To put this in context, Lewandowski has scored 37 goals in all competitions this season for Bayern, and is hitting the target with 46.5% of his shots. His 37 goals have come in 121 shots, which is a goal in every 3.27 shots.
One reason Haaland is so potent is his ability to hit the target in different places, but from the same location. There are goals he has scored this season from very similar areas, but he has put the ball in different corners, near post and far post, lobbed the keeper, or smashed it down the middle of the goal. His ability to finish so precisely is what sets him apart from so many forwards, but it is also him not having a tendency for a certain area of the goal.
The images below are just two examples, but as we can see Haaland’s position is near identical, as is the goalkeeper’s in each image, but in one he nestles the ball into the far post…
And in the other he places it perfectly at the near post.
From this position he has also hit them directly down the middle, above the keeper, and there are examples from the other side of the goal, where again he varies his decision. We can see him going across goal to the bottom corner in the first image in the top left. Then going clockwise, he rounds the keeper, goes across goal to the top corner, and finally goes front post to the top corner. The positions these shots come from are very similar, and the keeper is in a nearly identical in every image other than when he Haaland decides to round him.
Timing and anticipation
Haaland’s movement also stands out and whilst he is blessed to play with some elite creative talents like Jadon Sancho, his ability to hit the right area at the right time is key in creating chances for himself.
Upon immediately moving to Dortmund he found plenty of joy playing against high lines. Haaland generally starts a little deeper, preferring not to immediately play on the shoulder of the last man, which we will see in more detail later on. However, this position would allow him to hit top speed at the time of the through pass in behind. He aims to be in line with the defensive line as the pass is played, whilst he is already sprinting, creating an advantage over the defenders. His height was highlighted earlier, but Haaland’s pace makes playing a high line one of the more high-risk tactics.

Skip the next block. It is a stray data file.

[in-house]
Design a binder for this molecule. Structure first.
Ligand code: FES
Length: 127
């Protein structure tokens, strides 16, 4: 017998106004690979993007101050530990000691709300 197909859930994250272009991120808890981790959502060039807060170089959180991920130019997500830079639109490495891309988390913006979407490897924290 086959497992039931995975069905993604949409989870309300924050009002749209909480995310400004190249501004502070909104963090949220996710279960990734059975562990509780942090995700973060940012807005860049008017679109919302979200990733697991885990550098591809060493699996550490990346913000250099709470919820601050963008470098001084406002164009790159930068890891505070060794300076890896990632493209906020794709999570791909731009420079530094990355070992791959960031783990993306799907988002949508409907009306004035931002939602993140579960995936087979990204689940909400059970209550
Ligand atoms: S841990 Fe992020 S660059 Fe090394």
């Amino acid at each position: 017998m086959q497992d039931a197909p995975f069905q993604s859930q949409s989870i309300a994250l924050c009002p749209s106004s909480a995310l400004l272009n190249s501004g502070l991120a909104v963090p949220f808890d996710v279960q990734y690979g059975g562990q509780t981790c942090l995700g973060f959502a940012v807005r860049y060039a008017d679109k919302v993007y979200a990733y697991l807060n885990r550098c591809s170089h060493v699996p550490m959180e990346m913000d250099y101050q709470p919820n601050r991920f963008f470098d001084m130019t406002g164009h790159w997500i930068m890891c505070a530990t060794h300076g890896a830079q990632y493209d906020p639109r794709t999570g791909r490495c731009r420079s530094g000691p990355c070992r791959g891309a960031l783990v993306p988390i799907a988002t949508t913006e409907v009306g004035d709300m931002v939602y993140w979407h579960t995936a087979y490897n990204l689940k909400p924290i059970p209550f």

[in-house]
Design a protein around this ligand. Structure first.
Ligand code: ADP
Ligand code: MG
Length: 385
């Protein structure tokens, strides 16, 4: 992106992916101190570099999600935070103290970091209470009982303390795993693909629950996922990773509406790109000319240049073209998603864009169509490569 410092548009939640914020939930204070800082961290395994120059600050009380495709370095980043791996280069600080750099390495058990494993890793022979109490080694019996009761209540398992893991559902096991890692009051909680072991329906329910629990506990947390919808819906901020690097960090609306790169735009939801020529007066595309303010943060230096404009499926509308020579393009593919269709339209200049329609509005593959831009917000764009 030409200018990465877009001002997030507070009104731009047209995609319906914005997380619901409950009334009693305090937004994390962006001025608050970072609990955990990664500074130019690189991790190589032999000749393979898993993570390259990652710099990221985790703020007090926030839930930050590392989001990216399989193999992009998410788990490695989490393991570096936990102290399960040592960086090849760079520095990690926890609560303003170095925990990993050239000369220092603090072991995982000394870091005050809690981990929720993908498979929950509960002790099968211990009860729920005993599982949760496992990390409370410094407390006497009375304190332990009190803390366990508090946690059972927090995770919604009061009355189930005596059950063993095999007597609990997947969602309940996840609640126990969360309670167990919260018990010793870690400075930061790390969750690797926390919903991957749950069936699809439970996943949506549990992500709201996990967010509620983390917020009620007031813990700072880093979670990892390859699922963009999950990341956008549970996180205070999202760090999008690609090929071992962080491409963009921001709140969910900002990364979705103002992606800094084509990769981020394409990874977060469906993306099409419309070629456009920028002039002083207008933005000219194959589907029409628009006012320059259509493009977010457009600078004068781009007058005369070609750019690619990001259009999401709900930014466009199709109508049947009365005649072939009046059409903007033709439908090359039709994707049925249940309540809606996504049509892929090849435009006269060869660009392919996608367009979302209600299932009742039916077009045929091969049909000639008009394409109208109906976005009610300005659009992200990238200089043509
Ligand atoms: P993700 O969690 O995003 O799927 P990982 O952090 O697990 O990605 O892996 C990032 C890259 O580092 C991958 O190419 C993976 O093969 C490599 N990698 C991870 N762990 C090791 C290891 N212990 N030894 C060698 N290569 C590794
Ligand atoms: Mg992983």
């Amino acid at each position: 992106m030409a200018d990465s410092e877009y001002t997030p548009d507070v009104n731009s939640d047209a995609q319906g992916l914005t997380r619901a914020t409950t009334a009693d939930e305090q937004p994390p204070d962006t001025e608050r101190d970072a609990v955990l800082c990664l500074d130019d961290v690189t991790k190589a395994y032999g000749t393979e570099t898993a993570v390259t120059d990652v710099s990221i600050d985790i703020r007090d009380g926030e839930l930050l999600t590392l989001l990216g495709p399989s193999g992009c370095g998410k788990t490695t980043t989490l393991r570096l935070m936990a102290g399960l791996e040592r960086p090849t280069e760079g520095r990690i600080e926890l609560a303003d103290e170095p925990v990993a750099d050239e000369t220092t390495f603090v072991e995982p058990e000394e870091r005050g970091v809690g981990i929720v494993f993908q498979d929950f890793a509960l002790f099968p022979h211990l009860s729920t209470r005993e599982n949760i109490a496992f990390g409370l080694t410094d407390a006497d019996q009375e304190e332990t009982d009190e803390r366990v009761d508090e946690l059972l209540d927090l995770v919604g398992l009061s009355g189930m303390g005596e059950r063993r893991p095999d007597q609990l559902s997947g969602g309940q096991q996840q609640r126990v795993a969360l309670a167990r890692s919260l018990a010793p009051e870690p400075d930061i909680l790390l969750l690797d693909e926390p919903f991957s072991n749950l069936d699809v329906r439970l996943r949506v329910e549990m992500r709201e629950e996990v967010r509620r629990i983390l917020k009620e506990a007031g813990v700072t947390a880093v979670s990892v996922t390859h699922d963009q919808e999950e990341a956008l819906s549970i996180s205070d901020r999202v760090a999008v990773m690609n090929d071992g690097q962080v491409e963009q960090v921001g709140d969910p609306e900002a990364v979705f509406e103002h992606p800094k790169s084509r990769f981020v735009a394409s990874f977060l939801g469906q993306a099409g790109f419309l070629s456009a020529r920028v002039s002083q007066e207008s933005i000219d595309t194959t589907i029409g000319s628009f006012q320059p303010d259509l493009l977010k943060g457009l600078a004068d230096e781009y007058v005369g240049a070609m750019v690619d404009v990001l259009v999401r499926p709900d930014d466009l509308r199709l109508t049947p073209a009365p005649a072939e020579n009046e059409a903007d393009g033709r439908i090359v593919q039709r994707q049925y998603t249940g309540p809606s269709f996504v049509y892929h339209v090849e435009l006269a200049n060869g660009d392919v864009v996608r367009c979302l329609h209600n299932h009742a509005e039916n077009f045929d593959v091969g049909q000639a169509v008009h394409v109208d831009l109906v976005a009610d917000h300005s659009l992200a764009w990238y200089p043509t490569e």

He still takes this position, even if the defence is set slightly deeper themselves. Due to his speed, if the defence have their backs to their goal, and Haaland is facing it, he’s likely to get on the end of a through pass if it is weighted correctly.
We can see this from the Bayern game in the next set of images, where again Haaland isn’t touch tight to the centre-backs.
From this space he is able to turn and make his run in behind where defenders are going to struggle to keep up with him. If he was touch tight to the centre-backs they could either play him offside or anticipate the run more than they do in this example.
After his early burst of goals in the infancy of his Dortmund career, teams began to drop off and leave less space for through passes like the one above. However, this isn’t to say every team sits deeper to prevent this pattern occurring, but teams certainly seem to be playing a lower line than they were doing this time last year.
In regards to Haaland’s positioning, he aims to avoid being tightly marked for as long as possible, and will generally position himself between the two centre-backs, but slightly deeper. When one of his wingers or full-backs has possession out wide, Haaland wants the ball-near centre-back to be having to constantly look at the ball and then look at Haaland. He doesn’t want the centre-back to be able to see both at the same time.
We can see that in the image below against Bayern where Jerome Boateng is having this exact issue.
Haaland knows he is going to be quicker over 5-10 yards than most centre-backs, and this plays out in this example. With Boateng unable to see exactly when Haaland is making his run, and with the centre-back having to look at the ball it’s difficult to know where the forward is running to. In this example Haaland times his run to beat Boateng to the front post and tap the ball into the empty net.
It sounds like such a cliche, but Haaland’s goalscoring instincts are so evident too. Haaland regularly thinks a step ahead of those marking him. No moment exemplifies this more than the goal against Koln from last season, shown below. As Raphael Guerreiro takes the shot, we can already see Haaland timing his run, anticipating the goalkeeper parrying the shot. The Koln defenders aren’t ready for this, and Haaland’s gamble paid off as the ball was spilled directly into his path, where he was able to finish with at least a yard of space between him and any defender.